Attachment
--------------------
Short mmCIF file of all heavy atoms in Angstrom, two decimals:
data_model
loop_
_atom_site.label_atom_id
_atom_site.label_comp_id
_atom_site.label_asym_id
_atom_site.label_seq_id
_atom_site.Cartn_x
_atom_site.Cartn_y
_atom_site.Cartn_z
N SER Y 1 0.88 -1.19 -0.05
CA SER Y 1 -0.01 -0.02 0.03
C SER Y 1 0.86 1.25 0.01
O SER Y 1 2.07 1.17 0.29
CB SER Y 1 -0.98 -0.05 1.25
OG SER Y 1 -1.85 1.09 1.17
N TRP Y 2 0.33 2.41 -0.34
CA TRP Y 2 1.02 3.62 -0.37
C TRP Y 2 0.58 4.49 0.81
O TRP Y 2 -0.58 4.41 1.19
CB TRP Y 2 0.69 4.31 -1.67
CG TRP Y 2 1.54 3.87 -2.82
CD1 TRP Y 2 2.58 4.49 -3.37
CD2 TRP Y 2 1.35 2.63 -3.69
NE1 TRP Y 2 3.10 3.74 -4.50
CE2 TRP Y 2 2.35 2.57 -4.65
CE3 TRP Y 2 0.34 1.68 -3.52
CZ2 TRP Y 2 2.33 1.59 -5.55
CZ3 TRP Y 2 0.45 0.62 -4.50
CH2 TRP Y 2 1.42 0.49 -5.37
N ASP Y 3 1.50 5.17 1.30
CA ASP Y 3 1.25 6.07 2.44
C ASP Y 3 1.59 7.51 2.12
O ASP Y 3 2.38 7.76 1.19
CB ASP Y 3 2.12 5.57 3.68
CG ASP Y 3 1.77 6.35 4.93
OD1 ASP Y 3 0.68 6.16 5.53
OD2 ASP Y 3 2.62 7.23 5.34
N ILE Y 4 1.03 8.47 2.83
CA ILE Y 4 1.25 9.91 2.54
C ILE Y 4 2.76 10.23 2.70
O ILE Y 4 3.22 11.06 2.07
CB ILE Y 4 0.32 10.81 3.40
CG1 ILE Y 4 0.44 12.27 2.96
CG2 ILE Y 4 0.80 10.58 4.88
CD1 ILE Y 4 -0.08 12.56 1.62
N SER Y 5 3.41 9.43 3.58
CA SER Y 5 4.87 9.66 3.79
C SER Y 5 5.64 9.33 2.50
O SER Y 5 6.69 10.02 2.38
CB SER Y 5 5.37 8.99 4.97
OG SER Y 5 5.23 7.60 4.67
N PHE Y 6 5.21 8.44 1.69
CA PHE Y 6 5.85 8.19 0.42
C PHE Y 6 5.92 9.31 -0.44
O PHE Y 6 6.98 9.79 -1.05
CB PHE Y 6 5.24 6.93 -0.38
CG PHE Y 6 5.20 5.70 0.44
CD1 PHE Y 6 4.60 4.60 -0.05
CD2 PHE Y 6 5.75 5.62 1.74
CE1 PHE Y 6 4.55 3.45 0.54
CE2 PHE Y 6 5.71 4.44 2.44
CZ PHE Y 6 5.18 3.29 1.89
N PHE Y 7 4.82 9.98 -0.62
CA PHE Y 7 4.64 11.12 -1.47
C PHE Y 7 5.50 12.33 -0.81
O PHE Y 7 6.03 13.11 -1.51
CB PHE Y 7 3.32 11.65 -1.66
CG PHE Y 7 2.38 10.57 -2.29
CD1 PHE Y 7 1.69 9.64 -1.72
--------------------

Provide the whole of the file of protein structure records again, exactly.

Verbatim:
Short mmCIF file of all heavy atoms in Angstrom, two decimals:
data_model
loop_
_atom_site.label_atom_id
_atom_site.label_comp_id
_atom_site.label_asym_id
_atom_site.label_seq_id
_atom_site.Cartn_x
_atom_site.Cartn_y
_atom_site.Cartn_z
N SER Y 1 0.88 -1.19 -0.05
CA SER Y 1 -0.01 -0.02 0.03
C SER Y 1 0.86 1.25 0.01
O SER Y 1 2.07 1.17 0.29
CB SER Y 1 -0.98 -0.05 1.25
OG SER Y 1 -1.85 1.09 1.17
N TRP Y 2 0.33 2.41 -0.34
CA TRP Y 2 1.02 3.62 -0.37
C TRP Y 2 0.58 4.49 0.81
O TRP Y 2 -0.58 4.41 1.19
CB TRP Y 2 0.69 4.31 -1.67
CG TRP Y 2 1.54 3.87 -2.82
CD1 TRP Y 2 2.58 4.49 -3.37
CD2 TRP Y 2 1.35 2.63 -3.69
NE1 TRP Y 2 3.10 3.74 -4.50
CE2 TRP Y 2 2.35 2.57 -4.65
CE3 TRP Y 2 0.34 1.68 -3.52
CZ2 TRP Y 2 2.33 1.59 -5.55
CZ3 TRP Y 2 0.45 0.62 -4.50
CH2 TRP Y 2 1.42 0.49 -5.37
N ASP Y 3 1.50 5.17 1.30
CA ASP Y 3 1.25 6.07 2.44
C ASP Y 3 1.59 7.51 2.12
O ASP Y 3 2.38 7.76 1.19
CB ASP Y 3 2.12 5.57 3.68
CG ASP Y 3 1.77 6.35 4.93
OD1 ASP Y 3 0.68 6.16 5.53
OD2 ASP Y 3 2.62 7.23 5.34
N ILE Y 4 1.03 8.47 2.83
CA ILE Y 4 1.25 9.91 2.54
C ILE Y 4 2.76 10.23 2.70
O ILE Y 4 3.22 11.06 2.07
CB ILE Y 4 0.32 10.81 3.40
CG1 ILE Y 4 0.44 12.27 2.96
CG2 ILE Y 4 0.80 10.58 4.88
CD1 ILE Y 4 -0.08 12.56 1.62
N SER Y 5 3.41 9.43 3.58
CA SER Y 5 4.87 9.66 3.79
C SER Y 5 5.64 9.33 2.50
O SER Y 5 6.69 10.02 2.38
CB SER Y 5 5.37 8.99 4.97
OG SER Y 5 5.23 7.60 4.67
N PHE Y 6 5.21 8.44 1.69
CA PHE Y 6 5.85 8.19 0.42
C PHE Y 6 5.92 9.31 -0.44
O PHE Y 6 6.98 9.79 -1.05
CB PHE Y 6 5.24 6.93 -0.38
CG PHE Y 6 5.20 5.70 0.44
CD1 PHE Y 6 4.60 4.60 -0.05
CD2 PHE Y 6 5.75 5.62 1.74
CE1 PHE Y 6 4.55 3.45 0.54
CE2 PHE Y 6 5.71 4.44 2.44
CZ PHE Y 6 5.18 3.29 1.89
N PHE Y 7 4.82 9.98 -0.62
CA PHE Y 7 4.64 11.12 -1.47
C PHE Y 7 5.50 12.33 -0.81
O PHE Y 7 6.03 13.11 -1.51
CB PHE Y 7 3.32 11.65 -1.66
CG PHE Y 7 2.38 10.57 -2.29
CD1 PHE Y 7 1.69 9.64 -1.72